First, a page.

(CCLaP is dedicated to reviewing as many contemporary books as possible, including self-published volumes; click here to learn how to submit your own book for possible review, although be warned that it needs to have been published within the last 18 months to be considered. For the complete list of all books reviewed here, as well as the next books scheduled to be read, click here.)
By Mathieu Cailler
Short Story America Press
Reviewed by Jason Pettus
I've been mentioning throughout this spring how CCLaP's submission policies are set to change later this year, once we start accepting new books for review again, and Mathieu Cailler's story collection Loss Angeles is a perfect example of why; for while this is a perfectly fine book of short stories, if not on the overly earnest and expected side (most of these pieces could stand to be either more surprising, darker in tone, or ideally both), the fact is that I have barely anything to say about it analytically or critically, because I'm mostly a reviewer of novels and find it difficult to come up with something overarching and conclusive to say about such little pieces that come and go without making much of an impression. That's unfair to both short-story authors like Cailler and to fans of short stories in general, which is why this will be one of the last story collections CCLaP will ever review; because I never seem to have anything better to say about such collections than, "Sure, okay, it's fine, whatever," which is a waste of both my time and yours. As always, this comes generally recommended to short-story fans, but don't blame me if you read it yourself and sort of shrug your shoulders at the end.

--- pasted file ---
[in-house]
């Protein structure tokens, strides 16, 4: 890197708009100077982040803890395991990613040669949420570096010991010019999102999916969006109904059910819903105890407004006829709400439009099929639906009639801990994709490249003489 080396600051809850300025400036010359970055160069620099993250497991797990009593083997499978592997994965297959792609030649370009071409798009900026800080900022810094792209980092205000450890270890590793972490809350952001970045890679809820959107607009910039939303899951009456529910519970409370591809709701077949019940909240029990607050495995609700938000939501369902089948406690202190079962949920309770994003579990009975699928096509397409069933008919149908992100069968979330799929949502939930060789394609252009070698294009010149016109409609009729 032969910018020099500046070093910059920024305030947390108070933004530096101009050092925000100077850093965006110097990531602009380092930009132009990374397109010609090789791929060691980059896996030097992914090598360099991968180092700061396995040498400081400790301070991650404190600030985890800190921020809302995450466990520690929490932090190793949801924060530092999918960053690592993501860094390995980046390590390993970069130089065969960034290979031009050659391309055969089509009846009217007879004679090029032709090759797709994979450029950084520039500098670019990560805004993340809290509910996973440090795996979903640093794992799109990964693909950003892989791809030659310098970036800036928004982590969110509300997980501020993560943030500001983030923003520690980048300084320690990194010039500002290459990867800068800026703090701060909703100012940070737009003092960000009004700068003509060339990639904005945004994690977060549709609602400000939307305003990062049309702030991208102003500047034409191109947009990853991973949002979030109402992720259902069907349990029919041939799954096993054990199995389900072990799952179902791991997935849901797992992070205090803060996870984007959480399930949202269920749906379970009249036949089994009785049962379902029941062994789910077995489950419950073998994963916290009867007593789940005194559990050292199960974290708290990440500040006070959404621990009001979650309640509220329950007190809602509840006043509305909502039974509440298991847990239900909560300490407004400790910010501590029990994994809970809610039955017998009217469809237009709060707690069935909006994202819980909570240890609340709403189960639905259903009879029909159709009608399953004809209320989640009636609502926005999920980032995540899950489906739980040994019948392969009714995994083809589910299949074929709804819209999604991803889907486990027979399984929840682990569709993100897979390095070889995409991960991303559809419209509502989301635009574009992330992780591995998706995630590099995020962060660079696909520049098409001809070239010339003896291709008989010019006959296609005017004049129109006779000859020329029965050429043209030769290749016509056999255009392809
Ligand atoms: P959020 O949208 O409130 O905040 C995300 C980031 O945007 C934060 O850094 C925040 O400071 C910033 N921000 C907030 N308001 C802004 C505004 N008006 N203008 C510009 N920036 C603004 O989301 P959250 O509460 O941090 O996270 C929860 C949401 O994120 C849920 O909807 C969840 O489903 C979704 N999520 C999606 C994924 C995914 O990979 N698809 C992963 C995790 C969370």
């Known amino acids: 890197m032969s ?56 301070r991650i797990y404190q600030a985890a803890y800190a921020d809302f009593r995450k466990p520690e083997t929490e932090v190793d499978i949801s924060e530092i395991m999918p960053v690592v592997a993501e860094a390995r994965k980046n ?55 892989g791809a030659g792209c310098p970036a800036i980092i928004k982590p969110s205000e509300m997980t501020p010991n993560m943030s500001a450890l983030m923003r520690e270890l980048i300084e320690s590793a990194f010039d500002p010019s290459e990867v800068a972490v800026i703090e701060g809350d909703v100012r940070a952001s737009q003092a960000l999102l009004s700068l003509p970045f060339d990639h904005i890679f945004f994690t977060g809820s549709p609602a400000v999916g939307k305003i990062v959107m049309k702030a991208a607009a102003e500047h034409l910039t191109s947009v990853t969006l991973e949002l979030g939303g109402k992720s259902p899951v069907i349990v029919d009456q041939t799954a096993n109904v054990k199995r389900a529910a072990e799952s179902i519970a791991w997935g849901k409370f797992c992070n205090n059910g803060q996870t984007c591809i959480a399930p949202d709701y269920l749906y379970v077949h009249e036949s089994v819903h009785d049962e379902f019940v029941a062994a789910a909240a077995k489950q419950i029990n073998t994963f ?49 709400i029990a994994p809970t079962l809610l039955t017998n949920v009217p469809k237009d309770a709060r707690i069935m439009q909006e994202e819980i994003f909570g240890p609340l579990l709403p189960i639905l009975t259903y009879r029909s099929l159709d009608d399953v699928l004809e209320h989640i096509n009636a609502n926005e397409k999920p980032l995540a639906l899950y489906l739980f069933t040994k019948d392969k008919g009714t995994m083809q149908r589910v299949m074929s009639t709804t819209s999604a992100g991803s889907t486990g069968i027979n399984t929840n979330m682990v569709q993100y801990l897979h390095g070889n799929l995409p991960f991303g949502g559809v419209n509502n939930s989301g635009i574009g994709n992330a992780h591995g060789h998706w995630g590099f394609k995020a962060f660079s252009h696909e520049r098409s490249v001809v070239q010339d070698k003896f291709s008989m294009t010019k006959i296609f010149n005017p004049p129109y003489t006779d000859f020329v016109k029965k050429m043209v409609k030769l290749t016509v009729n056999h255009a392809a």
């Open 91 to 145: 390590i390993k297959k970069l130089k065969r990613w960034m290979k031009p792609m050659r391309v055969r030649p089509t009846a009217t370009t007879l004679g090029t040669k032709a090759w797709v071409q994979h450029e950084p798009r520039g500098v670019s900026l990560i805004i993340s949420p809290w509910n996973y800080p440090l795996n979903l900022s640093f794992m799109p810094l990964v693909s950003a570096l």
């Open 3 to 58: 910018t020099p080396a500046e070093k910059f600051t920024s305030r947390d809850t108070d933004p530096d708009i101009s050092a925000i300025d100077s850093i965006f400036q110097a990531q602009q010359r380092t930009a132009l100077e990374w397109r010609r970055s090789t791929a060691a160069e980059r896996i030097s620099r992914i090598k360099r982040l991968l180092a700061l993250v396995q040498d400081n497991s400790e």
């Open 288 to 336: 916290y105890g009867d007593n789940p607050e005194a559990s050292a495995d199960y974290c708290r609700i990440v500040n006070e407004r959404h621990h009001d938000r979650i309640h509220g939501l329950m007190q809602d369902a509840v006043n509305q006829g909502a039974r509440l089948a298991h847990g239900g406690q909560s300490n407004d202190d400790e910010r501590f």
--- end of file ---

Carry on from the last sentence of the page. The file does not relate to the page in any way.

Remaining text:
Out of 10: 8.0